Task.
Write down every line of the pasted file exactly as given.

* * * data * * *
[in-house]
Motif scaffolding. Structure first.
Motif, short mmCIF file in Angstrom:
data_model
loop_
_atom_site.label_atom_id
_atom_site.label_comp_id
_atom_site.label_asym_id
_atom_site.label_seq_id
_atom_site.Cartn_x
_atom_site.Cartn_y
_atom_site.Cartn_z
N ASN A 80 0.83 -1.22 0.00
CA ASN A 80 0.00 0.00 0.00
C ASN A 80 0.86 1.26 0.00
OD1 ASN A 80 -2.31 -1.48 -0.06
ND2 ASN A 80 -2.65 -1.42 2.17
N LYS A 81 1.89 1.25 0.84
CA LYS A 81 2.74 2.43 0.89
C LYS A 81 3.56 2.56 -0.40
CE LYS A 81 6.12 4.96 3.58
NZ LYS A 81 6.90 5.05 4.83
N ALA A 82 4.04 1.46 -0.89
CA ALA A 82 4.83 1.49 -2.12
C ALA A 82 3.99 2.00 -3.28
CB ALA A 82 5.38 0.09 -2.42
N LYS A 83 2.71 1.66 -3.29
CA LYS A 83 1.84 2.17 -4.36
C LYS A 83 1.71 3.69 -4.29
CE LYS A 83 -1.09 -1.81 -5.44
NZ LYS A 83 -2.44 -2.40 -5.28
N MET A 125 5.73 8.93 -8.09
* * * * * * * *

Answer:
[in-house]
Motif scaffolding. Structure first.
Motif, short mmCIF file in Angstrom:
data_model
loop_
_atom_site.label_atom_id
_atom_site.label_comp_id
_atom_site.label_asym_id
_atom_site.label_seq_id
_atom_site.Cartn_x
_atom_site.Cartn_y
_atom_site.Cartn_z
N ASN A 80 0.83 -1.22 0.00
CA ASN A 80 0.00 0.00 0.00
C ASN A 80 0.86 1.26 0.00
OD1 ASN A 80 -2.31 -1.48 -0.06
ND2 ASN A 80 -2.65 -1.42 2.17
N LYS A 81 1.89 1.25 0.84
CA LYS A 81 2.74 2.43 0.89
C LYS A 81 3.56 2.56 -0.40
CE LYS A 81 6.12 4.96 3.58
NZ LYS A 81 6.90 5.05 4.83
N ALA A 82 4.04 1.46 -0.89
CA ALA A 82 4.83 1.49 -2.12
C ALA A 82 3.99 2.00 -3.28
CB ALA A 82 5.38 0.09 -2.42
N LYS A 83 2.71 1.66 -3.29
CA LYS A 83 1.84 2.17 -4.36
C LYS A 83 1.71 3.69 -4.29
CE LYS A 83 -1.09 -1.81 -5.44
NZ LYS A 83 -2.44 -2.40 -5.28
N MET A 125 5.73 8.93 -8.09